For almost 20 years, researchers at the Santa Barbara Coastal Long-Term Ecological Research (SBC LTER) site have conducted detailed censuses of the majestic kelp forests off Santa Barbara.
By counting fish species and placing them in the context of their environmental conditions, UCSB coastal marine ecologist Robert Miller and his colleagues can look at the effects of human activity and natural drivers on kelp and its ability to maintain the kelp forest communities.
Miller heads the research at this National Science Foundation-supported site. For him and his collaborators — including UCSB marine ecologist Thomas Lamy (now at University of Montpelier), postdoctoral researcher Christie Yorke and colleagues Francisco Chavez and Kathleen Pitz from MBARI (Monterey Bay Aquarium Research Institute) — taking a census is more than just a matter of deploying divers to take a headcount; the researchers are also interested in beta diversity, which can be a somewhat convoluted concept for even seasoned ecologists.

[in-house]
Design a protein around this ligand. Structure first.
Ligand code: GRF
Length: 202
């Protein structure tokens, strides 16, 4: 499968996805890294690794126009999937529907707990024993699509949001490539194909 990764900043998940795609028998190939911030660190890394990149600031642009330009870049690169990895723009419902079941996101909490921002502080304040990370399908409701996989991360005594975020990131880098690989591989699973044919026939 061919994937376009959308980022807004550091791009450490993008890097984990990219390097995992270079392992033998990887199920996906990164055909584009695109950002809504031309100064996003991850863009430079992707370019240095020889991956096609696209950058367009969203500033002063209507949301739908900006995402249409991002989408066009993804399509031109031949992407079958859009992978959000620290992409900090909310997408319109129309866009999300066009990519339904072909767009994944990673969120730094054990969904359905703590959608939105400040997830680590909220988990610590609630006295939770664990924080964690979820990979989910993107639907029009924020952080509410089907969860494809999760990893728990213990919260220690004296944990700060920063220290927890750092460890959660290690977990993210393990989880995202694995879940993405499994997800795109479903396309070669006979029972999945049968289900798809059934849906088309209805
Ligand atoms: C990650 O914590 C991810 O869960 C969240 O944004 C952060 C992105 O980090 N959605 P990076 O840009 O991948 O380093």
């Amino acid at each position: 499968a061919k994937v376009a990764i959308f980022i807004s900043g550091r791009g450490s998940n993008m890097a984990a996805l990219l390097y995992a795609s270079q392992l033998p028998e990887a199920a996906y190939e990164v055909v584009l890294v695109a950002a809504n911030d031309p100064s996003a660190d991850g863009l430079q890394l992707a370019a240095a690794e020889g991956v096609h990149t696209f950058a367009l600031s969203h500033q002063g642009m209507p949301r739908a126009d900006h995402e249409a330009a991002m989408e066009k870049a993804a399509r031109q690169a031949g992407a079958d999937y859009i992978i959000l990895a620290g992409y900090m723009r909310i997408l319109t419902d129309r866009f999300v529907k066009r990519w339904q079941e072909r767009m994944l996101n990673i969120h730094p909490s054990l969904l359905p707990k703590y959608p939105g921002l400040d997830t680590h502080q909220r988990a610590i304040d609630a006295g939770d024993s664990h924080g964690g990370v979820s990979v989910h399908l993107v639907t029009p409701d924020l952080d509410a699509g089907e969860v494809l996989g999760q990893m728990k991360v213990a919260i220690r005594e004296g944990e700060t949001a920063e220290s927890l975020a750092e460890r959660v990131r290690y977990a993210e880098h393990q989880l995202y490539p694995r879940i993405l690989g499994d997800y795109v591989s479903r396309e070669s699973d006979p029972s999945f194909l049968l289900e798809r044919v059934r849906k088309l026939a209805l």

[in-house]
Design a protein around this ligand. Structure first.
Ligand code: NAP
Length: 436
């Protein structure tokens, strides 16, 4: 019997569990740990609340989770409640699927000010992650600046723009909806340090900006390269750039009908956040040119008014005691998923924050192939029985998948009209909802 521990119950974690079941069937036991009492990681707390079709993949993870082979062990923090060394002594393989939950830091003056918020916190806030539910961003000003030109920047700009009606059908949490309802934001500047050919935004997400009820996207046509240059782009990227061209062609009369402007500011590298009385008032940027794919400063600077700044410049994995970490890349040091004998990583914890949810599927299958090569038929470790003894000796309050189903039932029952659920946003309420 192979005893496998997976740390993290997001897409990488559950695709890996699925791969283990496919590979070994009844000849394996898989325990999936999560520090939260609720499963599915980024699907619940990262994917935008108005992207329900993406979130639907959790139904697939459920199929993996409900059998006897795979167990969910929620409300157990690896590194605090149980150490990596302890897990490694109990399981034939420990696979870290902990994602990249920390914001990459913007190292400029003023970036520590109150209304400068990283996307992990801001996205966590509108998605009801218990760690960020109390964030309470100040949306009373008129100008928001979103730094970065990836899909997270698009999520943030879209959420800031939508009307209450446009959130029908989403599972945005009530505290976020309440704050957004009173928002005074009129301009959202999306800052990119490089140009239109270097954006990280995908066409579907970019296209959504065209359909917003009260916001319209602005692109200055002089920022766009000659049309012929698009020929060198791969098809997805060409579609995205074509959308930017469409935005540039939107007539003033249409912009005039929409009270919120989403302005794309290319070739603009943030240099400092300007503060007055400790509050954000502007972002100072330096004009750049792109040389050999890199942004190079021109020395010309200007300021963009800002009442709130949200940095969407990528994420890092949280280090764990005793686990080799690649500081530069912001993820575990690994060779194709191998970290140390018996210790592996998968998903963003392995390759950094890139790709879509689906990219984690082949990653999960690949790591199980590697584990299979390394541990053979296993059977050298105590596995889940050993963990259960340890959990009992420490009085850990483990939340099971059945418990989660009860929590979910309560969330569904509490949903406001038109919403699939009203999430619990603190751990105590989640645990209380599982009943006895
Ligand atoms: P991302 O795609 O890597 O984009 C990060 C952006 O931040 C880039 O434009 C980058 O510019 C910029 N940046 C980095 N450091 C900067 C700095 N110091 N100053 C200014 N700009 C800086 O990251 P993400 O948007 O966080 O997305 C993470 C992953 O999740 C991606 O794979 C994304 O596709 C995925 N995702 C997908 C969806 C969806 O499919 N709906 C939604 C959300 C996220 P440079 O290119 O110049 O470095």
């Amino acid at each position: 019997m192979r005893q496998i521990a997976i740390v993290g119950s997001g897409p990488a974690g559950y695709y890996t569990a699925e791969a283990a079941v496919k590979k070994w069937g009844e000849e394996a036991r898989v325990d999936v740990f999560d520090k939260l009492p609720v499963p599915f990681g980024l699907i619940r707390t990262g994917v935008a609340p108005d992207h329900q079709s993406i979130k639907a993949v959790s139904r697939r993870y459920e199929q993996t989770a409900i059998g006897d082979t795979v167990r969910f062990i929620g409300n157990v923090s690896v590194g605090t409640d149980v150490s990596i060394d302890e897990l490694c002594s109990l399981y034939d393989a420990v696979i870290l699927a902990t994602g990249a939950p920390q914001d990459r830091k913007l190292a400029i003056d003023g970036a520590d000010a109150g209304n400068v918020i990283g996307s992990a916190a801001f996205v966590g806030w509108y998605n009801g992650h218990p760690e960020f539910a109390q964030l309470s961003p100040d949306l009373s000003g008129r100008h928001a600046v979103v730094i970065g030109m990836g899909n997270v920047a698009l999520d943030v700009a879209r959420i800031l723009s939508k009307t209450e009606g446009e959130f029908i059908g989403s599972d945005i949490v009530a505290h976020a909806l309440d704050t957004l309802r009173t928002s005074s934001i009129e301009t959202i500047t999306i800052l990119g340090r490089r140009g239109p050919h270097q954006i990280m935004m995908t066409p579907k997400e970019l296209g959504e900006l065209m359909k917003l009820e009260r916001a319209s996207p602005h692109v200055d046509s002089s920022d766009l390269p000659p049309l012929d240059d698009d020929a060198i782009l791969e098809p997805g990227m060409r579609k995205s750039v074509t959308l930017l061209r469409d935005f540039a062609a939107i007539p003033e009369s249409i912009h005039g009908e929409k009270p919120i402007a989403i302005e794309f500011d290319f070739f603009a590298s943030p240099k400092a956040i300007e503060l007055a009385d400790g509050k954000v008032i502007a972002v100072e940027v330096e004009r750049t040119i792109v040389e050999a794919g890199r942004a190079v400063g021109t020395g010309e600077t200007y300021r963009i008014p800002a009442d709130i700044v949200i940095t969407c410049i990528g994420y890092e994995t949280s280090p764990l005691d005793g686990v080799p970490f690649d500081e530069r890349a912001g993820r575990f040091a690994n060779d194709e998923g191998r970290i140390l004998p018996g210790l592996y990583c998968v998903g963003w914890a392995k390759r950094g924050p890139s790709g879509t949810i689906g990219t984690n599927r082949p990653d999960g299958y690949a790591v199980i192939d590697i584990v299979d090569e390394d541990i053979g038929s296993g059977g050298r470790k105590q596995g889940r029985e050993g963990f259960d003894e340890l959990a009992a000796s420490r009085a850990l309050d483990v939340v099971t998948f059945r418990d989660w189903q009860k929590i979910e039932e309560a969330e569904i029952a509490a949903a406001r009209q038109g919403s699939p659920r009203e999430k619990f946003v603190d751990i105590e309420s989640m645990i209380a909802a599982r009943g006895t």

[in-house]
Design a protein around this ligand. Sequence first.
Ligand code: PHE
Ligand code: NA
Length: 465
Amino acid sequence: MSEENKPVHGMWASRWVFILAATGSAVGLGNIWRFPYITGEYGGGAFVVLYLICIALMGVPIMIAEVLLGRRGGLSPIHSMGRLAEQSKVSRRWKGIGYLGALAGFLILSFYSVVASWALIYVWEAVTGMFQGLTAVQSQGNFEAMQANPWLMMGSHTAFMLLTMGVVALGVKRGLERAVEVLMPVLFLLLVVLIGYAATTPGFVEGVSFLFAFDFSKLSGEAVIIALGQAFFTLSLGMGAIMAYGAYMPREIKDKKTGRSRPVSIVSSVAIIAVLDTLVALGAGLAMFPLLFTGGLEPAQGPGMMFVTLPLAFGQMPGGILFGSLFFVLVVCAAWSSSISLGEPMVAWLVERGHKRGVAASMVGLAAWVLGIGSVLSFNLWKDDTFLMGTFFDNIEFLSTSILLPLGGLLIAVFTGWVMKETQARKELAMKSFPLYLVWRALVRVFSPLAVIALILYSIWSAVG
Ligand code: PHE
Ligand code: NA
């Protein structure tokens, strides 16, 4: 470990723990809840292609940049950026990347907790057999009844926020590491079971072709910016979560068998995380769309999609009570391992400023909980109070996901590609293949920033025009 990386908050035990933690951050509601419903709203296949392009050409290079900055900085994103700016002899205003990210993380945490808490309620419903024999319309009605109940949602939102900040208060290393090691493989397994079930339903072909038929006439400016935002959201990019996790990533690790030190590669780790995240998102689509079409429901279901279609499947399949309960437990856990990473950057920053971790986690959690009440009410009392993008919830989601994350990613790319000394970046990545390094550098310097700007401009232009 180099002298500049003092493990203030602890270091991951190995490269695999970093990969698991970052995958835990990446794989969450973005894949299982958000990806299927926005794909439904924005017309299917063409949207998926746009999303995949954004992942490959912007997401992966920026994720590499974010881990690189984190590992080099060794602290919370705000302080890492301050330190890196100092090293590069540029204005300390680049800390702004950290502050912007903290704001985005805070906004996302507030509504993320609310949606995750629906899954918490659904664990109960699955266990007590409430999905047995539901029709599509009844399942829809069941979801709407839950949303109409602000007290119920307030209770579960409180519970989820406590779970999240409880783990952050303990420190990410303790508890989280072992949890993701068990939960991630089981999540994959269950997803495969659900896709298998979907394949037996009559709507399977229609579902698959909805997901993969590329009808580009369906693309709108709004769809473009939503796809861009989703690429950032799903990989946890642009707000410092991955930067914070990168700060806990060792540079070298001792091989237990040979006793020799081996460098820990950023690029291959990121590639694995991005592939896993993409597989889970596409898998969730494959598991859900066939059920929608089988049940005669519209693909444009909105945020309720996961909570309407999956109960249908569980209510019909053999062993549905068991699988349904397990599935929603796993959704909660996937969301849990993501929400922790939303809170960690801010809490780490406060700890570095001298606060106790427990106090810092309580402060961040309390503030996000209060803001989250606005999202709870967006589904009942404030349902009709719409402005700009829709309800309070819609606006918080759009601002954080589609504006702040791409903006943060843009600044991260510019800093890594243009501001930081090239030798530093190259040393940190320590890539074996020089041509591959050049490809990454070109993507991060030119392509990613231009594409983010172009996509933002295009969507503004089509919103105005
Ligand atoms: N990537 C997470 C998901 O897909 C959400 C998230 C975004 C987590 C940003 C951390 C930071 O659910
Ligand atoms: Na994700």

“There are a lot of different ways to measure it, but the way I think of it is that it’s the turnover of species as you go from one place to another,” said Miller. “How many new species are in a place compared to the last place you went to? And so that obviously increases the farther you go.”
Beta diversity is useful for measuring the overall state of biodiversity between given areas over time, which in turn provides some indication of those areas’ ecological health.
A higher beta diversity number (more different species) could indicate robust systems that are able to support various, interconnected forms of life. A lower beta diversity number (fewer different species) might signal that conditions have become such that only certain organisms are able to survive, with effects that could reverberate into adjacent spaces.